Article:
Scientific / paradigmatic background

Behind some points of criticism of the audit approach there is a kind of methodological ambivalence, which can be justified from the history of applied management diagnostics :

In contrast to the conventional assessment center method (AC), the classic audit sees itself as a primarily "business-oriented" advisory instrument for analyzing the management qualifications of the upper management level. Against the background of the relevant market knowledge as well as the technical and technical understanding of exposed management positions in companies, which to this extent most likely have the large executive search consultants, the audit methodology has developed as a "bottom-up procedure"; to a certain extent she has committed herself to a “naturalistic” approach. And is based on the relevant business case itself. The focus is not primarily on abstract personnel psychological taxonomies and typical suitability criteria of organizational science manuals - but rather performance requirements influenced by specific, strategic business implications, the highest possible social acceptance by clients and candidates, and the apparent practical use of the analysis results for the business itself.

After the fashionable years of the AC approach, both research and consulting practice quickly established that the method - which is often stingy with practical relevance - should actually be differentiated according to the hierarchical position of the participants, especially in Central Europe. The higher the hierarchical position of the target group, the more demanding, but above all the more realistic the method would have to be. For the upper management levels, the conventional AC was neither acceptable from the point of view of the range of results nor from the perspective of social acceptance. The core requirement of the classic audit, on the other hand, was the seniority and the business experience of the consultant: The methodology focuses on dealing with real business strategy issues and the position-related technical discussion based on mutual expectations of competencies, not hypothetical case work, post basket exercises and similar scenarios.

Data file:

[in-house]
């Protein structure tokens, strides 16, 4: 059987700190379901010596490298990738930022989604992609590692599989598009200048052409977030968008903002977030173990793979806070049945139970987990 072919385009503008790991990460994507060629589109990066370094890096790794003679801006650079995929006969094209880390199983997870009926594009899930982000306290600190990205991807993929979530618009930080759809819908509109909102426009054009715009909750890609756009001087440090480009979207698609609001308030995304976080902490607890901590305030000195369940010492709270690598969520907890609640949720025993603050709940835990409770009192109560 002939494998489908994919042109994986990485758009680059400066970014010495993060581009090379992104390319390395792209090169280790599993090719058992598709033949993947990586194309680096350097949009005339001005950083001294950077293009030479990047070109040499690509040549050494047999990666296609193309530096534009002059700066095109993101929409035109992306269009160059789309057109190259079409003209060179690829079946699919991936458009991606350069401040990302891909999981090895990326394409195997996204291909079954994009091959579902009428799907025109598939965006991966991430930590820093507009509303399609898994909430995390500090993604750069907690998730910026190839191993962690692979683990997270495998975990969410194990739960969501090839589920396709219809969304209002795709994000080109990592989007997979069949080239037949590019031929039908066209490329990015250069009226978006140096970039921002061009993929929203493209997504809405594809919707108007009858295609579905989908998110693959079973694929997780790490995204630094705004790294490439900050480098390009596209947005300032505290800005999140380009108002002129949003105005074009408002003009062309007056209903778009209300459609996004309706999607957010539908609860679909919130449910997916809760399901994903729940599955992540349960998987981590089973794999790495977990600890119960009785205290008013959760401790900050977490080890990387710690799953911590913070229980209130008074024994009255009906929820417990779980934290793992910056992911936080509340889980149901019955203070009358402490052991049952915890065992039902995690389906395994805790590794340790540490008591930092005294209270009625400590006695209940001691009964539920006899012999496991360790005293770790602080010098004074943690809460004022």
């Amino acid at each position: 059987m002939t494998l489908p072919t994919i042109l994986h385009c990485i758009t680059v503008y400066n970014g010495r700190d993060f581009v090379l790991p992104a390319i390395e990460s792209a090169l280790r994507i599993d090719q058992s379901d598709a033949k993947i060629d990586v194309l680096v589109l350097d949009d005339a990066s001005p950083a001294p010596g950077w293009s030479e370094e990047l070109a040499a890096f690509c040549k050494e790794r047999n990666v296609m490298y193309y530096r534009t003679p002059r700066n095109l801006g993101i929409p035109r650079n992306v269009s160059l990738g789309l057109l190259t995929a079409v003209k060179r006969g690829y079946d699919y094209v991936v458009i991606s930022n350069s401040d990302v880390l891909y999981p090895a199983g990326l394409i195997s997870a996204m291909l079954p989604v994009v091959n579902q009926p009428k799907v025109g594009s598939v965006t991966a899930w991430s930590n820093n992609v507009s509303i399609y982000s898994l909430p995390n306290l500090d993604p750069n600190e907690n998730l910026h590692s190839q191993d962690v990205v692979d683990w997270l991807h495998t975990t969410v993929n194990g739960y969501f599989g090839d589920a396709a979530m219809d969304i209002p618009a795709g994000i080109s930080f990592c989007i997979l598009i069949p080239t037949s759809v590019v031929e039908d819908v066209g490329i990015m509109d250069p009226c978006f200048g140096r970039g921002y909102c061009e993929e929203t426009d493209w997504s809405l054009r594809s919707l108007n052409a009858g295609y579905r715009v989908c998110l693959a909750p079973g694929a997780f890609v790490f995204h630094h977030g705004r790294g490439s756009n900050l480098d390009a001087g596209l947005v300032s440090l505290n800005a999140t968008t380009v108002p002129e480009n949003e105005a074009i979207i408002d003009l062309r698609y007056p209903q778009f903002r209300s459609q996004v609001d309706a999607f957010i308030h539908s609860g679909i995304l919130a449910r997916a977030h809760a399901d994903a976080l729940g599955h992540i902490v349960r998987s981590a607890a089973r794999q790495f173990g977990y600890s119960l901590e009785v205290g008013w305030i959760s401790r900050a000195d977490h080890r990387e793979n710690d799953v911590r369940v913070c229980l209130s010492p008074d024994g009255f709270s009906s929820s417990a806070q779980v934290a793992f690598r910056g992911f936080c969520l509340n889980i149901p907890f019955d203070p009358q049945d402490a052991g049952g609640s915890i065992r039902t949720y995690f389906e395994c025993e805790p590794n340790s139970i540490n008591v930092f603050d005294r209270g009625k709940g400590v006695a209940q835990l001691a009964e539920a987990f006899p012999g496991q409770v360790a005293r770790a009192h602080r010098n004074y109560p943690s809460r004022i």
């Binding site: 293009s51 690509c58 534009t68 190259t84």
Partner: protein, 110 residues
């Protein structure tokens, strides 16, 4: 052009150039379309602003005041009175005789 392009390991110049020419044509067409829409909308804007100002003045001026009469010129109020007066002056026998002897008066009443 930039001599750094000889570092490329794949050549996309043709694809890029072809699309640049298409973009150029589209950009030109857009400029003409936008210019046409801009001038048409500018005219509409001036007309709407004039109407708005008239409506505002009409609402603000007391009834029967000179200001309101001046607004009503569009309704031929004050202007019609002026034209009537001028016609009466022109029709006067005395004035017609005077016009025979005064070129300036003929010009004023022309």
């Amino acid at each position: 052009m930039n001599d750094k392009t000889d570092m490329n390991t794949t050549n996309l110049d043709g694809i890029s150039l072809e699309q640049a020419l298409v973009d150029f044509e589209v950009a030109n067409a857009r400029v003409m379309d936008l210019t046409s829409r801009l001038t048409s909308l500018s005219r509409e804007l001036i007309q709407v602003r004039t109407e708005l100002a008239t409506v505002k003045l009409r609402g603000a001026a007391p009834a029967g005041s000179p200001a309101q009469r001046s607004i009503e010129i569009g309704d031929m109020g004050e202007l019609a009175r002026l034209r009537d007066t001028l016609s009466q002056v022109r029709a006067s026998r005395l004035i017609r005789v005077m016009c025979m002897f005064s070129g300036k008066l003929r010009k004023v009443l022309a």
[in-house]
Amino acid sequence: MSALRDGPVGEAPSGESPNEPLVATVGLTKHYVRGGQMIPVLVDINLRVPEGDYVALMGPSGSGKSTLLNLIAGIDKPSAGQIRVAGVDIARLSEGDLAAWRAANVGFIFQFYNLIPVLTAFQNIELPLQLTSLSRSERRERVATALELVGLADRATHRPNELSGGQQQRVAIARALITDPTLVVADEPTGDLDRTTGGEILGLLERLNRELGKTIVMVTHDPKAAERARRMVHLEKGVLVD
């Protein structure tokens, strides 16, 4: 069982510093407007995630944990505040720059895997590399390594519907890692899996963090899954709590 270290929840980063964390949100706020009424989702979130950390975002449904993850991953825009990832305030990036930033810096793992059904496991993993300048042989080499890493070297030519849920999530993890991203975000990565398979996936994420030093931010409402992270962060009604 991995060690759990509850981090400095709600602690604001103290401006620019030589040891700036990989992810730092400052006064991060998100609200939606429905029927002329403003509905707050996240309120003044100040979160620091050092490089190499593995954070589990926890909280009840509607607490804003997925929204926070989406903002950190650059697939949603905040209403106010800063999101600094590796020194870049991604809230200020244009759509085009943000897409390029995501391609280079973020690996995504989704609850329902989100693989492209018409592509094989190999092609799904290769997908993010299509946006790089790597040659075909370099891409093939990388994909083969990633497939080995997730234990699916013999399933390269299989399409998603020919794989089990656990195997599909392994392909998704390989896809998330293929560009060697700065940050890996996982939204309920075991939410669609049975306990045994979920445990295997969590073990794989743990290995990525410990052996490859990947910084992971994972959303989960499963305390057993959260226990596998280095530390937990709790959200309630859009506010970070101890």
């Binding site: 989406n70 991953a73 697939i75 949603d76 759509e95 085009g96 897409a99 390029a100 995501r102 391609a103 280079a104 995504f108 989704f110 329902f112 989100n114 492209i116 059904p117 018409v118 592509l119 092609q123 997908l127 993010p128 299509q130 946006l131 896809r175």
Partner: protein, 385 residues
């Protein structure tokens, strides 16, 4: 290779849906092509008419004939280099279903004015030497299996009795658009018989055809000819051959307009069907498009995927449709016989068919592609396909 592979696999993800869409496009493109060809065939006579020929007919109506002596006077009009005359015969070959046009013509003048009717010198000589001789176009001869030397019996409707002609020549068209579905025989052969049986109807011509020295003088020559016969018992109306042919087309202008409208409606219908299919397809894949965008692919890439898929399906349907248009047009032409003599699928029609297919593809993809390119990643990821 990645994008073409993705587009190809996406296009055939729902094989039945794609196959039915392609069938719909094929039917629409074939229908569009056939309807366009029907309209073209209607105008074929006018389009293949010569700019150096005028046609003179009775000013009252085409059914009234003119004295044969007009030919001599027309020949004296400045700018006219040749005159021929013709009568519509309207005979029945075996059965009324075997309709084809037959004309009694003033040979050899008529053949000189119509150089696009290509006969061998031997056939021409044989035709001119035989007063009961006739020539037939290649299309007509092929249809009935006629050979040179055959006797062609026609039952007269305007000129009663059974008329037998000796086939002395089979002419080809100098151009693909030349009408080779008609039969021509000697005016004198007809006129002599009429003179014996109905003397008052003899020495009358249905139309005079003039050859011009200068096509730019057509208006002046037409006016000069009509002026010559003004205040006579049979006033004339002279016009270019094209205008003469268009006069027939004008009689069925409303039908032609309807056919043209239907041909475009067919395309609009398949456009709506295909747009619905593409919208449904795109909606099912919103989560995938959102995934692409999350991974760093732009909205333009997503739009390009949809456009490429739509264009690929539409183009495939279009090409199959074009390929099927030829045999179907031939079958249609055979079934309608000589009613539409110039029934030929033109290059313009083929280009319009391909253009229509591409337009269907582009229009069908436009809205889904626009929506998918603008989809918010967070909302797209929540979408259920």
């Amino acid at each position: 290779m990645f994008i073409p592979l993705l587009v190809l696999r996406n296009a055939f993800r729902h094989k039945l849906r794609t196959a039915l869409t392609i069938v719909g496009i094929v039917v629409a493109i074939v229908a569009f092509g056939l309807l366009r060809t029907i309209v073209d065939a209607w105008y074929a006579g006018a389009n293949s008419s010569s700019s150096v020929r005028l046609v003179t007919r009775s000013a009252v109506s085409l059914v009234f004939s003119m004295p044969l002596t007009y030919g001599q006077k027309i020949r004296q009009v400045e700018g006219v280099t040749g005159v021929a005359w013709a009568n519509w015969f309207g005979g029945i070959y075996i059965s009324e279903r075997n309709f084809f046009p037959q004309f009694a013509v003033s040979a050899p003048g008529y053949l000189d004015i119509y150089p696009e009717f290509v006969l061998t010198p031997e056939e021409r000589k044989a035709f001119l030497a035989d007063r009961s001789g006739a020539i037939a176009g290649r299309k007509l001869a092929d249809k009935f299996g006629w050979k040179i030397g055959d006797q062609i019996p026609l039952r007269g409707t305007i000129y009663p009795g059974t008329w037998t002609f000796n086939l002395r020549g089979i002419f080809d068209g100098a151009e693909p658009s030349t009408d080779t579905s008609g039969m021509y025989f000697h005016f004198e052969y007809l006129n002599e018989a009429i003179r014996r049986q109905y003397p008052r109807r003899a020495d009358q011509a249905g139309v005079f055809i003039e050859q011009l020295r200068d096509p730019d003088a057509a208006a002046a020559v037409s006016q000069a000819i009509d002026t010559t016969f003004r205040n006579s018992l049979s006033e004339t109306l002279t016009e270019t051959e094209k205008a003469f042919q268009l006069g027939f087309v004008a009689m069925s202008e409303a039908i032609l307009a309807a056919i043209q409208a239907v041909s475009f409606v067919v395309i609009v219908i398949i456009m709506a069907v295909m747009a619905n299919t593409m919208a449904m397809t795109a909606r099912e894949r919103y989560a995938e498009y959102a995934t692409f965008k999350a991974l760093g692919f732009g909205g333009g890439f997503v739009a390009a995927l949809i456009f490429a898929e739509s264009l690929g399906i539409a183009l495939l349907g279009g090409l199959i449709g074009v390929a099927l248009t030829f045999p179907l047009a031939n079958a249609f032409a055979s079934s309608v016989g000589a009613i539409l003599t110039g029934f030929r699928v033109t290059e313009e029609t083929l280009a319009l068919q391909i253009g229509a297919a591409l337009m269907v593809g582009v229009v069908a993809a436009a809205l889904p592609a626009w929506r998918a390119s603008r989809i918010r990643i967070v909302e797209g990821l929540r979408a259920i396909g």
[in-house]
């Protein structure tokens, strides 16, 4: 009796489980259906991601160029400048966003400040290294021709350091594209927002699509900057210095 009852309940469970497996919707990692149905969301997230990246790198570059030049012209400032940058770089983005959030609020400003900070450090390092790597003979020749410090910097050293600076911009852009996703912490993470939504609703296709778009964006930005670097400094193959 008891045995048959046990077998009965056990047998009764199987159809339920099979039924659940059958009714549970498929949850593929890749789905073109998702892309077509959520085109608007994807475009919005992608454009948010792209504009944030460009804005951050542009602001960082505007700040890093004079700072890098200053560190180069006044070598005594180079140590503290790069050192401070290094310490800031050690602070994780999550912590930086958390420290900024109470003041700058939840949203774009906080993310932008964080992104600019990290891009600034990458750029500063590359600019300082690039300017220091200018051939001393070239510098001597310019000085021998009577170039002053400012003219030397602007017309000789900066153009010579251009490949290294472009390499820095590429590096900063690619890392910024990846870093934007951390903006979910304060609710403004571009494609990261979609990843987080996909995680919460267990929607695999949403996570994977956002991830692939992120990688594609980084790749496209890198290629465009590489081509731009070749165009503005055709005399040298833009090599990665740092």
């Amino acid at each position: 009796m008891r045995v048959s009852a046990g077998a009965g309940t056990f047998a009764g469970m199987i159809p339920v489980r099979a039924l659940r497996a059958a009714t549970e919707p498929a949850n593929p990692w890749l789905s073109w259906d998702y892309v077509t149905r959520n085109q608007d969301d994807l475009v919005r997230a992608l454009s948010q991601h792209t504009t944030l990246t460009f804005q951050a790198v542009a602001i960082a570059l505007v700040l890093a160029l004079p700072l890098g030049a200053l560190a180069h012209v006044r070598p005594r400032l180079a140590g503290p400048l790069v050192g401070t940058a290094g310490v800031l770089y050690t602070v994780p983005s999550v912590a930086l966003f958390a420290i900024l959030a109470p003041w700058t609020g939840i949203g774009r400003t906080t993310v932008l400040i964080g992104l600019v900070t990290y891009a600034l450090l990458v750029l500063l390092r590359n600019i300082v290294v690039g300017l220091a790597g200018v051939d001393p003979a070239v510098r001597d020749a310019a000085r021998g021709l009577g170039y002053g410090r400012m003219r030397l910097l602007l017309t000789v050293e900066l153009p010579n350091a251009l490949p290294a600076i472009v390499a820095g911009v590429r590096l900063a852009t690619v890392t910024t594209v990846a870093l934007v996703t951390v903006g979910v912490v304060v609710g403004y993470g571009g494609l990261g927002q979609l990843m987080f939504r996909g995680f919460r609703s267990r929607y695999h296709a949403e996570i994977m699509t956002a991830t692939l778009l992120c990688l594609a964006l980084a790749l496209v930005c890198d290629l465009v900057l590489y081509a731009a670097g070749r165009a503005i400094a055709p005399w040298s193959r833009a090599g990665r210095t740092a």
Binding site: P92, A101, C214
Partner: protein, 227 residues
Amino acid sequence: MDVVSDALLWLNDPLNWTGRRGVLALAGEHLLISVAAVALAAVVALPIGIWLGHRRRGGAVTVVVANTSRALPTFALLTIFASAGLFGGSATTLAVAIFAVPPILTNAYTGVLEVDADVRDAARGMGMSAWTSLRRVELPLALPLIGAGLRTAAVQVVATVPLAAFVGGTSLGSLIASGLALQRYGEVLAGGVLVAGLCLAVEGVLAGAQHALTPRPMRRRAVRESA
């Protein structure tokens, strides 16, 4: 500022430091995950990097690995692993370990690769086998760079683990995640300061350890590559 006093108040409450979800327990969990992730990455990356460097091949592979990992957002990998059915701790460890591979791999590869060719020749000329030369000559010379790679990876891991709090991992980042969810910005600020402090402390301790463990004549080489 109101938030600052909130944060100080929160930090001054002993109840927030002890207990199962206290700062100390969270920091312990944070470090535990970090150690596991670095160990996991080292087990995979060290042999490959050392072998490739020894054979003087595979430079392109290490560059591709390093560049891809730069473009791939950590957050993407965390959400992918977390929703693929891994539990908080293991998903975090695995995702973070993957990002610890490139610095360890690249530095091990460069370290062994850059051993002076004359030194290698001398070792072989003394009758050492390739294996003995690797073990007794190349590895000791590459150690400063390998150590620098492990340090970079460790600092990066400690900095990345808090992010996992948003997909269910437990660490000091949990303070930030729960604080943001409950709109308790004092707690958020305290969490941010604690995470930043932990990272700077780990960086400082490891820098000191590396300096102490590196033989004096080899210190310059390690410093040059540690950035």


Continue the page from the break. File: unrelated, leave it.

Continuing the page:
From a scientific point of view, the classic audits represent and still represent "audit situations" rather than well-founded management diagnoses (see Internal Audit ).

What falls by the wayside in the context of this classic audit procedure, which was developed purely generically in the course of experience and based on one-sided interviews, is systematics, a target-oriented degree of structuring and standardization of preparation, implementation and follow-up as well as the necessary, well-known quality criteria of personnel diagnostic methods: Objectivity, reliability and validity. While the AC is criticized as over-structured and unrealistic, the classic audit methodologies suffer from the most banal deficiencies in terms of the scientific basis, process control and thus the comparability of the results, despite their high demands on the intellectual and technical level of the candidates and consultants (Sarges, 2005 ).

Further development and outlook

The guiding principle of newer audit methodologies is therefore to combine the quality assurance standards of the AC method with the bottom-up approach of the classic audit based on specialist knowledge. The quality criteria of the analyzes must be based on the general knowledge of scientifically sound management diagnostics . The audits must be methodologically supervised and generally take place under conditions that are as controlled as possible.

Furthermore, differentiated handling of different assessment methods is necessary. The audit instrumentation should basically include the classic inventory of methods of management diagnostics as a modular pool of instruments, adapting the individual methods to the target group to be diagnosed, making position-specific adaptations and adapting the selection and combination of various instruments to the specific questions and needs of the client company. In particular, the aspect of adequate social acceptance by clients and candidates, as offered by the audit compared to the AC approach, is of central importance here.